The arithmetic logic unit, or ALU, is the data processing unit of the microprocessor. It is the most important part of the central processing unit (CPU). Functions of the arithmetic logic unit (ALU) are described below in detail:
Functions of Arithmetic Logic Unit
- Arithmetic operation (addition, subtraction, multiplication, and division)
- Logical operations (OR, AND, NOT, etc.)
- Decision making.
ALU is the computer’s calculator. A few current processors use multiple ALUs to attain high processing speeds. However, most microprocessors have a single ALU.
Arithmetic operations include addition, subtraction, multiplication, and division. The data operated on can be stored in various forms: binary, BCD, EBCDIC, and ASCII representations.
The ALU makes use of temporary storage areas referred to as registers. Data to be arithmetically manipulated are copied from memory and placed in registers for processing.
Upon completion of the arithmetic operation. The result can be transferred from the Accumulator to memory. The ALU uses one or more adders (shown as a logic circuit) that actually add, subtract, multiply, or divide the binary digits.
Decision-making is the ability to compare two numbers to determine, if the first number is smaller than, equal to, or greater than the second number and to take appropriate action based on the result of the comparison.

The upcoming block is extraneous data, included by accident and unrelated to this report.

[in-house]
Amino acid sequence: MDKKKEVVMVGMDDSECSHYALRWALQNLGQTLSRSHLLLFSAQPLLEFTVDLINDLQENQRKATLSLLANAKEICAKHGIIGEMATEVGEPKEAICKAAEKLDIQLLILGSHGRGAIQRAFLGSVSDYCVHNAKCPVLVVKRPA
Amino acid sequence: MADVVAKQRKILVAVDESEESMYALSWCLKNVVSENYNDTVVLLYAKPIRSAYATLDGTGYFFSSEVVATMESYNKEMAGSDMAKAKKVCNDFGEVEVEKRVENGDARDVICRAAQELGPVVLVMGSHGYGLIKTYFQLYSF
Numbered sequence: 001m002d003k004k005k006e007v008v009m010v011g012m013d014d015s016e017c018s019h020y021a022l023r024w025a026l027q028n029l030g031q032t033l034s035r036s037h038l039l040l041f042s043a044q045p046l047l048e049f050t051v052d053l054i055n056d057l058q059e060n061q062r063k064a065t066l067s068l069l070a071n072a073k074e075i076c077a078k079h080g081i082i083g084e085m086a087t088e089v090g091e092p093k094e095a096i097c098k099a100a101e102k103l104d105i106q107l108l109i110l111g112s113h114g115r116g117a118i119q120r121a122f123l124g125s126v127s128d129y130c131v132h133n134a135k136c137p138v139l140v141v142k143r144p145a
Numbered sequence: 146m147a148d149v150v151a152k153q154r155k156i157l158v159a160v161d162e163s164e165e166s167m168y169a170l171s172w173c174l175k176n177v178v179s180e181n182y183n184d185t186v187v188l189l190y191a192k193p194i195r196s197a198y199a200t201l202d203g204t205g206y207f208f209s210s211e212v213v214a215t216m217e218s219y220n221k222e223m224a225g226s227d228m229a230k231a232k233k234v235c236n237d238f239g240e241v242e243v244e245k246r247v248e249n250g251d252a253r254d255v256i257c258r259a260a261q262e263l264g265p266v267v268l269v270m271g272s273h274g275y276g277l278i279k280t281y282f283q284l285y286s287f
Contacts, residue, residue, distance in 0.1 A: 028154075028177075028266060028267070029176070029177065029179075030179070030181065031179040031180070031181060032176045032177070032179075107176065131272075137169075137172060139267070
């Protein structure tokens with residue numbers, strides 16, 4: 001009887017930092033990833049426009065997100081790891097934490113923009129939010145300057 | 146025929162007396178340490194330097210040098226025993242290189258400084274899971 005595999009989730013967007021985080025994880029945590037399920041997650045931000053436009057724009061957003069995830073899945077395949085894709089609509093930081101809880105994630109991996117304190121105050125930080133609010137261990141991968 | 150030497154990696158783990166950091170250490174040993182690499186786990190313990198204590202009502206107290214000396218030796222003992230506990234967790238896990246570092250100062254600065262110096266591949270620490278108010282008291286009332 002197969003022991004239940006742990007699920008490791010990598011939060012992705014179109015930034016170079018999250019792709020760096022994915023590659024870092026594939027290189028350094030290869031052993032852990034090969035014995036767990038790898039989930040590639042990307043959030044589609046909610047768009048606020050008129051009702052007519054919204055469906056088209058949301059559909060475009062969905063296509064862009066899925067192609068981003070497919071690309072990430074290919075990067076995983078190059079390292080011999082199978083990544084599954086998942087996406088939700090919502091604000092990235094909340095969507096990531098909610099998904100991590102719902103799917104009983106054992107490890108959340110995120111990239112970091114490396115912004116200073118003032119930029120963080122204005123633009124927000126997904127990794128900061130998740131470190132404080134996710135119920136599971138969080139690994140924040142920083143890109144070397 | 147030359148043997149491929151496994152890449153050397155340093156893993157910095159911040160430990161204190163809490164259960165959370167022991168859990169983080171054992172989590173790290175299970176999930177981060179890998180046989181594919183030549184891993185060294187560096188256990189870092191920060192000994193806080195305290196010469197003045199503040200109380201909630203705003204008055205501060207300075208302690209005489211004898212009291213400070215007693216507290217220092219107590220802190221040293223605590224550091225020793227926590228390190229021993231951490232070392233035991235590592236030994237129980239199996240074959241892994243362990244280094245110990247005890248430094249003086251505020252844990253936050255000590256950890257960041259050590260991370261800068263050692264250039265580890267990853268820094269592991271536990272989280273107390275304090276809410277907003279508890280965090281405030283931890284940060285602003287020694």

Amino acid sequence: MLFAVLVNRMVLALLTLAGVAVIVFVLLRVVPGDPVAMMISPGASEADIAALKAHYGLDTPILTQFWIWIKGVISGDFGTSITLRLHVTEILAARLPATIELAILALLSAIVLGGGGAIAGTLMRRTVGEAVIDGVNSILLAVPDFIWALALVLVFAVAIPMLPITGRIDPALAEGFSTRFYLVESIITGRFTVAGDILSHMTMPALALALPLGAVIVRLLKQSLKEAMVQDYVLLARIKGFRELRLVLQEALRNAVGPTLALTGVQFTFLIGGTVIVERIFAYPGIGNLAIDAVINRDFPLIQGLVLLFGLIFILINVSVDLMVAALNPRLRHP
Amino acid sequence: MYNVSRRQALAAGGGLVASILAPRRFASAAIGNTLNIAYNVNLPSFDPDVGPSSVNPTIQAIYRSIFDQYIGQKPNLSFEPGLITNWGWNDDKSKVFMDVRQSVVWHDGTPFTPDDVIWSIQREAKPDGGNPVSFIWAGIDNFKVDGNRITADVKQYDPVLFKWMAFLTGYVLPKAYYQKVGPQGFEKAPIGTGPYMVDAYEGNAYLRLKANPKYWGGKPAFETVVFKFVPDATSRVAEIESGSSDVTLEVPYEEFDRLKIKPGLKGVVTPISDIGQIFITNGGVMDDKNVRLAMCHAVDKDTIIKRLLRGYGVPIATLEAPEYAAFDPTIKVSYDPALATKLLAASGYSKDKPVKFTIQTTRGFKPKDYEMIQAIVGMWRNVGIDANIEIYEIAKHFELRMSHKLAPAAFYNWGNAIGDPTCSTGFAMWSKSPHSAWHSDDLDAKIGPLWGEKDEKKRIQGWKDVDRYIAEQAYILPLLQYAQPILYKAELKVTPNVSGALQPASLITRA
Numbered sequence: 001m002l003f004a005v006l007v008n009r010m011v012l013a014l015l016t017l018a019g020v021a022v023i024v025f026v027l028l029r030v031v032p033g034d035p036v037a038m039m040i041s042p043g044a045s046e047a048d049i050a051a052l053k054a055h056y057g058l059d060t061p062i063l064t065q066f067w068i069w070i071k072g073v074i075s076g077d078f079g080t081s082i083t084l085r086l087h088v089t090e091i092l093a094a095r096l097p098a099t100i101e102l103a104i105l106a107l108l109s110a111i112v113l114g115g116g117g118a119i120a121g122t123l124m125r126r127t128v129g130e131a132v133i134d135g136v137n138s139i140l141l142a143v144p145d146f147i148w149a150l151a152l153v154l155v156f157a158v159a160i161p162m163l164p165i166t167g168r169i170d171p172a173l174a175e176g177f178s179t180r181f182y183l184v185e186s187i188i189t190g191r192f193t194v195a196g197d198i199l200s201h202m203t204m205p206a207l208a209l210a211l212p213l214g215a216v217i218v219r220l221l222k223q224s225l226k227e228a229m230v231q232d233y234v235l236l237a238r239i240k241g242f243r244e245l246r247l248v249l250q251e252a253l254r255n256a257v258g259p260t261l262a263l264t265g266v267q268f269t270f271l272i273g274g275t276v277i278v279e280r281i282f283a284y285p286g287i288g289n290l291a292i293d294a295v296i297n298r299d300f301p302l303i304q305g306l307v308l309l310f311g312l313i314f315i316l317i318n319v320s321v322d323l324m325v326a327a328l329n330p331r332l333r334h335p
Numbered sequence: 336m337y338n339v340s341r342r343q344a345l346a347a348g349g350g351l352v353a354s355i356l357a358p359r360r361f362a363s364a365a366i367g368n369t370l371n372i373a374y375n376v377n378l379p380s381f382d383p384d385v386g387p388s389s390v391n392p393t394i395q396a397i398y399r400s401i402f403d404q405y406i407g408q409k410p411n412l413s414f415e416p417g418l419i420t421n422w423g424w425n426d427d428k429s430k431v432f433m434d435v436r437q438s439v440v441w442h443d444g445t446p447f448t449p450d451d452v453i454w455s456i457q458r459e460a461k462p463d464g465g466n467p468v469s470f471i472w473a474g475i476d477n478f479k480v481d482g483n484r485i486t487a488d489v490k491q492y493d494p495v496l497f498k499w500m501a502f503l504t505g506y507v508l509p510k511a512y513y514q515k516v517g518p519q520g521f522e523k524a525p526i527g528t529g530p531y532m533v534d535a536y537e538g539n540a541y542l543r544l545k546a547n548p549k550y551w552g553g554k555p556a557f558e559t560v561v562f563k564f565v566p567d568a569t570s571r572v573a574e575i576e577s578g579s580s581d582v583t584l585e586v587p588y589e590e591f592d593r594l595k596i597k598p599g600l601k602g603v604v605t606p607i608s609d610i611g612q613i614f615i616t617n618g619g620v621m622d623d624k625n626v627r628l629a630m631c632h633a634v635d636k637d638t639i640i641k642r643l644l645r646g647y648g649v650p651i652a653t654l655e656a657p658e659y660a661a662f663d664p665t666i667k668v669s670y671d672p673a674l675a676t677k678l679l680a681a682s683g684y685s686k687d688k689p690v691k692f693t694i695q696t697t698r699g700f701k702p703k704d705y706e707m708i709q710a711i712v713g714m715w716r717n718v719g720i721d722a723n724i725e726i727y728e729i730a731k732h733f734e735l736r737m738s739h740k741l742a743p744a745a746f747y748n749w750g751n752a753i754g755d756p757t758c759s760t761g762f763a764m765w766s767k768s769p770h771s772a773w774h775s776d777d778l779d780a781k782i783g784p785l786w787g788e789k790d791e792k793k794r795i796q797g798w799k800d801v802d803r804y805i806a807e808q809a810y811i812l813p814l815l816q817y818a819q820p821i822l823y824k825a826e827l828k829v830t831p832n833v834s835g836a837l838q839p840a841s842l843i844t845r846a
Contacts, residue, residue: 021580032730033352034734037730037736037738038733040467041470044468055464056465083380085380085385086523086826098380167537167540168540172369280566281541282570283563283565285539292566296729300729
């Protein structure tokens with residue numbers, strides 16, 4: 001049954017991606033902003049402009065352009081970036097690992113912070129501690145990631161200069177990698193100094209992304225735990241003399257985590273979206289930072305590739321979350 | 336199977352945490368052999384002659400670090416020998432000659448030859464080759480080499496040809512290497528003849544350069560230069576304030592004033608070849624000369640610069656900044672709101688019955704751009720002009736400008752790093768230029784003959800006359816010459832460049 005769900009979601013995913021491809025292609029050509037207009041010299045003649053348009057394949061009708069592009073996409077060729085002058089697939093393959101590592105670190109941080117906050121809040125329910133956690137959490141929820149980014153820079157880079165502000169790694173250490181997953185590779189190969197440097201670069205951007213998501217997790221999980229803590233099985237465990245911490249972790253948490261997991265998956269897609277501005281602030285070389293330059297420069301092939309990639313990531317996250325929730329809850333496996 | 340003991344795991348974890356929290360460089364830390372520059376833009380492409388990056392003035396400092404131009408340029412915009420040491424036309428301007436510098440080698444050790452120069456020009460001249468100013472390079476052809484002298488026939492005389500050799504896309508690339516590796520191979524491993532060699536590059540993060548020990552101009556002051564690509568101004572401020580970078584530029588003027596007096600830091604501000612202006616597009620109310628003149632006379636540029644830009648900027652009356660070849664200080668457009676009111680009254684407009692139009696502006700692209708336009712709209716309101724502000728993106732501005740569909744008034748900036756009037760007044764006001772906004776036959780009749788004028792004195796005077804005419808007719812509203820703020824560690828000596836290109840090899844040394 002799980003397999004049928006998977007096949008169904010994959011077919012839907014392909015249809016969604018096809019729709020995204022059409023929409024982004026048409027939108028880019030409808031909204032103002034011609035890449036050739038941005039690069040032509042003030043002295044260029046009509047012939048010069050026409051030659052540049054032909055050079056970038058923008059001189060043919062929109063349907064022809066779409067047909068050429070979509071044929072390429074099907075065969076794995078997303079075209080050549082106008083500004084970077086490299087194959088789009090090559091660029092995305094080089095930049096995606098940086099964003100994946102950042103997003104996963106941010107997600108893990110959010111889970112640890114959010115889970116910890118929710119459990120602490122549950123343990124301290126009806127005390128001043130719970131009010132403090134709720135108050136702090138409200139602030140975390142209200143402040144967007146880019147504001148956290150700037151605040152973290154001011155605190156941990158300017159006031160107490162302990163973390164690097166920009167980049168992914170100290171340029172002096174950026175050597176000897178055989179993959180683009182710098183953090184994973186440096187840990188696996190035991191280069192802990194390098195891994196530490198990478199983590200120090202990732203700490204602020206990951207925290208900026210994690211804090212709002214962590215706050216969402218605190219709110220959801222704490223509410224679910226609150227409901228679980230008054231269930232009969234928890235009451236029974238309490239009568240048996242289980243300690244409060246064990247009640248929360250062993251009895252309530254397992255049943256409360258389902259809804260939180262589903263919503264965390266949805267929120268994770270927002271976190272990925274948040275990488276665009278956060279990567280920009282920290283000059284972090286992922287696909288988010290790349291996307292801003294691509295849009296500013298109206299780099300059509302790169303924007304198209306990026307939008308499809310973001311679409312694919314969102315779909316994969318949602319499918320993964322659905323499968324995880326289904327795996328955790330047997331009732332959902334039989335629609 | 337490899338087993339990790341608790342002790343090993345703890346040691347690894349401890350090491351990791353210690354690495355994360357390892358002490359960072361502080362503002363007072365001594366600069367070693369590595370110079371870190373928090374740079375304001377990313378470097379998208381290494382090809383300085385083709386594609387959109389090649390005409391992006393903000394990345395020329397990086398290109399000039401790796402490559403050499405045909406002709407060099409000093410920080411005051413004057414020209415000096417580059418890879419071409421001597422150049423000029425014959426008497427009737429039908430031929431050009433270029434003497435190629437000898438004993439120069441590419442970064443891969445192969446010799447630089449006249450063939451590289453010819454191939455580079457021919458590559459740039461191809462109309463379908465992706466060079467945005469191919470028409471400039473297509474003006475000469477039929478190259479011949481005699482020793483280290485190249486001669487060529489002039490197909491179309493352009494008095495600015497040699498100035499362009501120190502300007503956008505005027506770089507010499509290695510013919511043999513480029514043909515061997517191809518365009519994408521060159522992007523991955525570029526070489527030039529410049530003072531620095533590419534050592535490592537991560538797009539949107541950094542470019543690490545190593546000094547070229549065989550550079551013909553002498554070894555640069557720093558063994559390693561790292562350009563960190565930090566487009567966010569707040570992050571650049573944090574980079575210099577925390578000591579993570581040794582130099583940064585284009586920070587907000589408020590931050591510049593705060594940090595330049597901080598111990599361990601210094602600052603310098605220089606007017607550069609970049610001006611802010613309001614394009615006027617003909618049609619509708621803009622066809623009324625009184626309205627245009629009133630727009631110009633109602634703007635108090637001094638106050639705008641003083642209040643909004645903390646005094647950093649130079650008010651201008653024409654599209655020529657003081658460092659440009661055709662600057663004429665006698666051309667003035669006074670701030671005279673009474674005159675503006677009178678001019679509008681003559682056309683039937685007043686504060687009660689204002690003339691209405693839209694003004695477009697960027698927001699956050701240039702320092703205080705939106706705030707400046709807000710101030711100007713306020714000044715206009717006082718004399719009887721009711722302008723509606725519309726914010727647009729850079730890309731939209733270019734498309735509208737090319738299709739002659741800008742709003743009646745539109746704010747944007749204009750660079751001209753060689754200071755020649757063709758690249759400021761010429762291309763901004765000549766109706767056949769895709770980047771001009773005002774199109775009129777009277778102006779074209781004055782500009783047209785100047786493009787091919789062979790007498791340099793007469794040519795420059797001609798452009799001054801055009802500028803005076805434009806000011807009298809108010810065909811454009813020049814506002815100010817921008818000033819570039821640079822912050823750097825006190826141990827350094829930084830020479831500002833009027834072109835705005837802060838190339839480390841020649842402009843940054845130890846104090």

For example, if the question is x > 100; the ALU would determine the answer as being either true or false depending on the value of X. It is also possible to test a condition during the processing of an application and to alter the sequence of instructions accordingly.
The various circuits used in the execution of data processing instructions by a processor are usually merged into the ALU. The Complexity of an ALU is determined by the manner in which its arithmetic instructions are realized.
Simple ALUs for fixed-point operations can be constructed around the circuits developed for multiplication and division. More expensive data processing and control logic are necessary to implement floating-point arithmetic in hardware.
Some microprocessor families having fixed-point ALUs employ special-purpose units called arithmetic coprocessors to perform floating-point and other complex numerical functions.
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